Clerical Celibacy: Concept and Method | Alfons Maria Cardinal Stickler | From The Case for Clerical Celibacy
1. The first and most important prerequisite for a knowledge of the historical development of any institution is the proper understanding of the meaning of the concepts on which it is based. For ecclesiastical celibacy, we have a particularly clear and concise reference in the writings of one of the greatest of the Decretists--commentators on Gratian's Decretum--who around 1140 collected and explained all the material concerning the juridical tradition of the first millennium of the Church. This Decretist is Huguccio of Pisa (d. 1210), who in his Summa on the Decretum, composed around 1190, began his treatment of celibacy with these words: "In hac Distinctione incipit (Gratianus) tractare specialiter de continentia clericorum, scilicet quam debent observare in non contrahendo martimonio et in noti utendo contracto."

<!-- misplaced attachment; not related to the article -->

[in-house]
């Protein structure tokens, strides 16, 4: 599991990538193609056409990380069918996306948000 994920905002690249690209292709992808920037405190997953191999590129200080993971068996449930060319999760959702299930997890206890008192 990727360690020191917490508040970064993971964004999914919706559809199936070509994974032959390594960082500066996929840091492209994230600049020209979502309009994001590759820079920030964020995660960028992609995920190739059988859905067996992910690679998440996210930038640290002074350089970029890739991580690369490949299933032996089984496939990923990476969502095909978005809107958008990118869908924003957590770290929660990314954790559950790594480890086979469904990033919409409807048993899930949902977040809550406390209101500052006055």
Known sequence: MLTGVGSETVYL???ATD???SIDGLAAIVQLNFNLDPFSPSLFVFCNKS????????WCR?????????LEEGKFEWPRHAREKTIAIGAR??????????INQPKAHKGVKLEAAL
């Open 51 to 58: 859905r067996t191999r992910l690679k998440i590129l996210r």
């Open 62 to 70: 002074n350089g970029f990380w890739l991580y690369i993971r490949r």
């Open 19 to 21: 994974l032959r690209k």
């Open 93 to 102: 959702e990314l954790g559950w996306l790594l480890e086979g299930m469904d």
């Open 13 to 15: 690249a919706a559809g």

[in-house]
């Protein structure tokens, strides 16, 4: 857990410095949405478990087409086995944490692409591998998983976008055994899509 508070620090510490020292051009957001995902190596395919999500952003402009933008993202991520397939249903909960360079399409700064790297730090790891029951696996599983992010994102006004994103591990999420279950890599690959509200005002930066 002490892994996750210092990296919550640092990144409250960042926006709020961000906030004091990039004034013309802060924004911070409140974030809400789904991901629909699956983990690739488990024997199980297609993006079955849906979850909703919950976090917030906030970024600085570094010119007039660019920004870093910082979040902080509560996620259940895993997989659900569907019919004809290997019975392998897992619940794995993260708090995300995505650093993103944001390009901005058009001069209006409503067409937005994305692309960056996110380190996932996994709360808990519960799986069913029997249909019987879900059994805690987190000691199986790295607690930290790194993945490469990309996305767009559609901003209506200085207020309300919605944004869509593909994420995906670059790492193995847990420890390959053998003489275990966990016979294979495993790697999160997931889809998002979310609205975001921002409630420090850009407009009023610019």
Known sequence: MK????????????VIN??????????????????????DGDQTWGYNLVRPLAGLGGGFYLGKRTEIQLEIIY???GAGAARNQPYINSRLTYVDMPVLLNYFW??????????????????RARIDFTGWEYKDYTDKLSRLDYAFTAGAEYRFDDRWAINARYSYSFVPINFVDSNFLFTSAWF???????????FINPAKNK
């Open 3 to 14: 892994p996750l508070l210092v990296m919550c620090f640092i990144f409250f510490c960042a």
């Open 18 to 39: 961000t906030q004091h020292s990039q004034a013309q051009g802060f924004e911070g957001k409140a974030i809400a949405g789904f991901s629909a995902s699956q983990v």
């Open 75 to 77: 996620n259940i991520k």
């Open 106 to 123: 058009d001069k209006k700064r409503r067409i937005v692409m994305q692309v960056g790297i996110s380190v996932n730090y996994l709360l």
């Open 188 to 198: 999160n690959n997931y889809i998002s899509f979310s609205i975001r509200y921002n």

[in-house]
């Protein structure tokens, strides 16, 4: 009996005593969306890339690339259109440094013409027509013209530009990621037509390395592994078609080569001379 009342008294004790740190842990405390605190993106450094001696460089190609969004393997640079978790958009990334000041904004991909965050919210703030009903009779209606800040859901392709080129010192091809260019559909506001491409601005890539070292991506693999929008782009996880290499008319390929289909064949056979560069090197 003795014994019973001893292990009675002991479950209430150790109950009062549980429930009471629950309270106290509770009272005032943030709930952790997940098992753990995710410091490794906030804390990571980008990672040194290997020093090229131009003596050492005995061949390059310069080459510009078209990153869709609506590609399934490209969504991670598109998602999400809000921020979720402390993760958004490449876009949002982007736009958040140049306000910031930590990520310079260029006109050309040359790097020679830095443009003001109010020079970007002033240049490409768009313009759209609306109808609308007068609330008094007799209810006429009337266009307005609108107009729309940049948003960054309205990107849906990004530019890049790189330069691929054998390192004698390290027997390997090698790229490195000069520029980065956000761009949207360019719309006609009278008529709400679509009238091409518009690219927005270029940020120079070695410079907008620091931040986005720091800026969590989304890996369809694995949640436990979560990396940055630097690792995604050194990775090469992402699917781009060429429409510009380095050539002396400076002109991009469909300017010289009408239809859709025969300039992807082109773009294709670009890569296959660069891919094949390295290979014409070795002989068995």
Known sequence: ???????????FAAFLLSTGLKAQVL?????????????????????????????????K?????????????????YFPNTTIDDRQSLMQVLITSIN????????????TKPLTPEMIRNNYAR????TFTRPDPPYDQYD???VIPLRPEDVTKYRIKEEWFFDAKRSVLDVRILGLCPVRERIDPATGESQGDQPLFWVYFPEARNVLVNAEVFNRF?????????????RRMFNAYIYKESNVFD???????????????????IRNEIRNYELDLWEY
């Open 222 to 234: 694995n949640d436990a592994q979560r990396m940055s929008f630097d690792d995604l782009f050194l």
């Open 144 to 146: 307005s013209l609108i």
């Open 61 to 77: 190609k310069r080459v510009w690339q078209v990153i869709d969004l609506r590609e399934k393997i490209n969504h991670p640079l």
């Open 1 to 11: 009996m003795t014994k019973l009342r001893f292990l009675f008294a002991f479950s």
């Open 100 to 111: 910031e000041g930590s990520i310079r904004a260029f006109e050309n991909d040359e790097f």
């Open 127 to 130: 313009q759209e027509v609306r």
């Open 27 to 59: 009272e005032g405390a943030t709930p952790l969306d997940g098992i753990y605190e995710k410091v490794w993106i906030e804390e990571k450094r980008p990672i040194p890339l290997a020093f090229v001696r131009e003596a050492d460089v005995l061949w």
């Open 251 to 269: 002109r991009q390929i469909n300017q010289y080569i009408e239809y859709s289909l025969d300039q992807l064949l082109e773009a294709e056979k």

A reading of this text clearly indicates a double obligation with respect to celibacy: not to marry and, if previously married, not to use the rights of marriage. In addition, it is clear that even in this period, namely, the end of the twelfth century, there were clerics in major orders who had been married prior to ordination. In fact we know from the Scriptures that the ordination of married men was a normal enough event.